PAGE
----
Rather than shoulder the tedium and uncertain outcome of grinding the mirror and making the optical components ourselves, my dad purchased a 6" f/8 mirror, mirror mounting, diagonal, focuser and eyepieces from Cave Optical Co., by then nationally renowned for the quality of their optics and the engineering excellence of their equatorial mounts. The company served amateur, professional, university and government clients alike, and produced several large mirrors for NASA as well as some primary mirrors for Questar. They refigured amateur mirrors that had expired on the Foucault knife edge, and serviced for resale a variety of telescopes that they accepted as partial payment for a Cave instrument.

I remember the short drive, just 3 miles from my home, to Cave's small shop at 4137 East Anaheim St. in Long Beach. (It is now a small restaurant, Frenchy's Bistro.) Approaching from the street one saw large and small telescopes displayed in the flanking front windows, and through the glass front door one entered a spartan, linoleum tiled space, white walls bare of decoration except for a few photographs or celestial charts, two or three glass and metal display cases that seemed a bit large for the selective assortment of parts, eyepieces and books spread out on the shelves within. Through the open back passageway of this small sales room one could hear the occasional clang, grind and holler of telescope manufacture in the back, and through this door would occasionally appear Thomas Cave Jr. himself, whom I remember as tall, plainly dressed and helpful in a cordial but aloof manner.

Here one could see what real telescopes looked like, from small refractors up to massive specimens easily twice my size; here too one could browse books on astronomy unavailable in ordinary bookstores. At Cave Optical I purchased my first copy of Norton's Star Atlas and Telescopic Handbook, 14th Edition (1959), and encountered for the first time the beige linen bound deluxe edition of Antonin Becvar's ("Betch-varzh") Atlas Coeli Skalnate Pleso 1950.0, which dominated the shelf where it was displayed and completely consumed my interest. This was the period in which I first encountered and seriously explored Plato, Dante, Melville and other great authors: astronomy arrived at the moment my mind first became truly aware. As Russell Porter observed: "Surely the making and putting into use of a powerful astronomical telescope goes far toward properly orienting one's self in the great scheme of things."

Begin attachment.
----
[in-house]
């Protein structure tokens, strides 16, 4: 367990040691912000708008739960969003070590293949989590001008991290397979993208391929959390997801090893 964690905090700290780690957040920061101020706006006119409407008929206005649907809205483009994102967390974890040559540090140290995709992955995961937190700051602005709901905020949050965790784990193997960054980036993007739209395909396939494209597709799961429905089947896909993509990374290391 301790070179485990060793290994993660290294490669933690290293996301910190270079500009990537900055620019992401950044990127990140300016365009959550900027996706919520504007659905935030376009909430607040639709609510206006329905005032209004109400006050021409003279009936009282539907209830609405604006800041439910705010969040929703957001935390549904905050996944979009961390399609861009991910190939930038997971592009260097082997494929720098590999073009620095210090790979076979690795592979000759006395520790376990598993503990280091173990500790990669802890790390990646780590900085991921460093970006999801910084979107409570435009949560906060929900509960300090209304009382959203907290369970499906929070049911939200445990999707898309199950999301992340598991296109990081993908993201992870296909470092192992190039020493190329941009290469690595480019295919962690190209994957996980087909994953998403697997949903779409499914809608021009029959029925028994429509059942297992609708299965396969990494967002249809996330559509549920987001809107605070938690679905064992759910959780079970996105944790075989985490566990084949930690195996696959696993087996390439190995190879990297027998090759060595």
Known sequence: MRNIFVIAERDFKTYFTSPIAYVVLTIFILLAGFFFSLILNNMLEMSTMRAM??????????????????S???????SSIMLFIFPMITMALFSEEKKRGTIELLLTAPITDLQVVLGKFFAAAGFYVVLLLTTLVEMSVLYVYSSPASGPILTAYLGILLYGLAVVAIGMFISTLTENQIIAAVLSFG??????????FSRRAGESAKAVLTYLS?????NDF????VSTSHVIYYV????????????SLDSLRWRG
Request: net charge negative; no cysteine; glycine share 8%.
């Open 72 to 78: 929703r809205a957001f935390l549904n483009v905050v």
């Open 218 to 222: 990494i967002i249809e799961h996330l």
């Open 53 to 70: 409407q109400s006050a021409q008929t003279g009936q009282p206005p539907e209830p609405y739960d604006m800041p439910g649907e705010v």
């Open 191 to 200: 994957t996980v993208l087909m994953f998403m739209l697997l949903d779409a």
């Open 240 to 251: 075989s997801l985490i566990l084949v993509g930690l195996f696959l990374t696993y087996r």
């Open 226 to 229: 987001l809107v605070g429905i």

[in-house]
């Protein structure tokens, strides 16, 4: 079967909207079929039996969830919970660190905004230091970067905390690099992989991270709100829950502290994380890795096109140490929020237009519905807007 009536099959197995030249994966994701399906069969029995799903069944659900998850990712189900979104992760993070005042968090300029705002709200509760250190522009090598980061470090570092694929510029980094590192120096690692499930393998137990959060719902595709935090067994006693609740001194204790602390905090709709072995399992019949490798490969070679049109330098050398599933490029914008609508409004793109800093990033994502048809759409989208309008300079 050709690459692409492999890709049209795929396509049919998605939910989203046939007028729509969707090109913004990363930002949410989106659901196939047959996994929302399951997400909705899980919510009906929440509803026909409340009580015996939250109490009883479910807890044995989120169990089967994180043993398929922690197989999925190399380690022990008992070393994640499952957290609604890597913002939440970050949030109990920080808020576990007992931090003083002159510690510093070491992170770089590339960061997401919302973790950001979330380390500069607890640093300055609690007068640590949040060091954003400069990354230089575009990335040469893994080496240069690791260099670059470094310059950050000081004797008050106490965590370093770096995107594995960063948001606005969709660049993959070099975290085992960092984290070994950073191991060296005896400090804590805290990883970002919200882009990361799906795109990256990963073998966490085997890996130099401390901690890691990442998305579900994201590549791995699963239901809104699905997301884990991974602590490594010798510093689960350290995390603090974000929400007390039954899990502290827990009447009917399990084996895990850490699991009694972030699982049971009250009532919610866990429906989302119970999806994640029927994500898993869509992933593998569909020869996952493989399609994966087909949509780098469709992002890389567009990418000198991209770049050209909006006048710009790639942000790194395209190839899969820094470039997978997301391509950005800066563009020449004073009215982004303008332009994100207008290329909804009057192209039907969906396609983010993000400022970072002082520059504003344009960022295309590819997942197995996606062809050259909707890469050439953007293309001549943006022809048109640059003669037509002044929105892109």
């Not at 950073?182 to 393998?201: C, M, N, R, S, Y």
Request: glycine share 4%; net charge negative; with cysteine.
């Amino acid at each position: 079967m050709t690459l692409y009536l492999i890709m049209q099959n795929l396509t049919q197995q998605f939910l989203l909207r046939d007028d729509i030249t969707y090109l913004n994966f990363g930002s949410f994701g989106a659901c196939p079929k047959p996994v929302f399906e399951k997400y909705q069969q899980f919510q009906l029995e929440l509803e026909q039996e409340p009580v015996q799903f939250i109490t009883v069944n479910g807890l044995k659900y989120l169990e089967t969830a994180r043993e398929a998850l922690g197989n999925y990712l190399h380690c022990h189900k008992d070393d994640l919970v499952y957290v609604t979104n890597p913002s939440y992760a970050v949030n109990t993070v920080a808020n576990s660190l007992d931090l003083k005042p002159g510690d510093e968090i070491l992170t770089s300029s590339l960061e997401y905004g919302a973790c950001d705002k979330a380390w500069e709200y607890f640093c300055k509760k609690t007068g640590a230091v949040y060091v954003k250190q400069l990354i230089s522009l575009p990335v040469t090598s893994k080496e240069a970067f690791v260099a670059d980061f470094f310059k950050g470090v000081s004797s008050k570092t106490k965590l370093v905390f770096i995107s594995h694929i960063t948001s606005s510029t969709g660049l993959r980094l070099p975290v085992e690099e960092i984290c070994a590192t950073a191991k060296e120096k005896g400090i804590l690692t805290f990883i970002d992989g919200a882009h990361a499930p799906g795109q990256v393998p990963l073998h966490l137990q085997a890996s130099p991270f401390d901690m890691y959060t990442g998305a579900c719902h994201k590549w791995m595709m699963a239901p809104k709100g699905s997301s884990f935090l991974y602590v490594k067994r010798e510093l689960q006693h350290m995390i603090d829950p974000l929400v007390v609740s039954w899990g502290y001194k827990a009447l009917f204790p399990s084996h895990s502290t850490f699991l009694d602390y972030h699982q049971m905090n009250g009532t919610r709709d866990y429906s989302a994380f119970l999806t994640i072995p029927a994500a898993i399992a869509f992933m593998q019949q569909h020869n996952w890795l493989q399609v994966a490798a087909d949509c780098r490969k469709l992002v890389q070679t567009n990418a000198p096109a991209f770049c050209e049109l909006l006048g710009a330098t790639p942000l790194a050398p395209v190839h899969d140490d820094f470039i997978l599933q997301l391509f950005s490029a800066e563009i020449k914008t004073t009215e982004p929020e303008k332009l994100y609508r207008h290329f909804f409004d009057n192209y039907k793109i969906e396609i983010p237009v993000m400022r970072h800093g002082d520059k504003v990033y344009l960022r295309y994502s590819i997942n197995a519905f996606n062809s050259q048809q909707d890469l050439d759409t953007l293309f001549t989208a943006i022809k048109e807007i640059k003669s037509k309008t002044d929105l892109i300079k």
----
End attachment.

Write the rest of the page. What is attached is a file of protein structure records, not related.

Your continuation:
A 10", f/8 Cave Astrola telescope, very like the one I owned

My astronomy activity continued unabated; I learned all the constellations, Messier objects and star typologies; I read Fred Hoyle's Astronomy (1962) cover to cover and pored over every page and chart of Norton's Star Atlas; I made my own moon drawings; I devoured astronomy topics (and the whimsies of Charles Fort) in books from the local library. So in 1963, at age 14, my parents bought me a deluxe 10" f/8 Cave Astrola telescope, with a ball bearing and chrome axis equatorial mount, electrical clock drive, white fiberglass tube mounted in convenient rotating rings, 6" diameter pier mounted on three roller legs, and four orthoscopic Cave eyepieces with a Barlow lens. The scope was "preowned" as we say nowadays, handed back to Cave by Krafft Ehricke, then in California doing rocket engineering for the U.S. government, in trade for something bigger.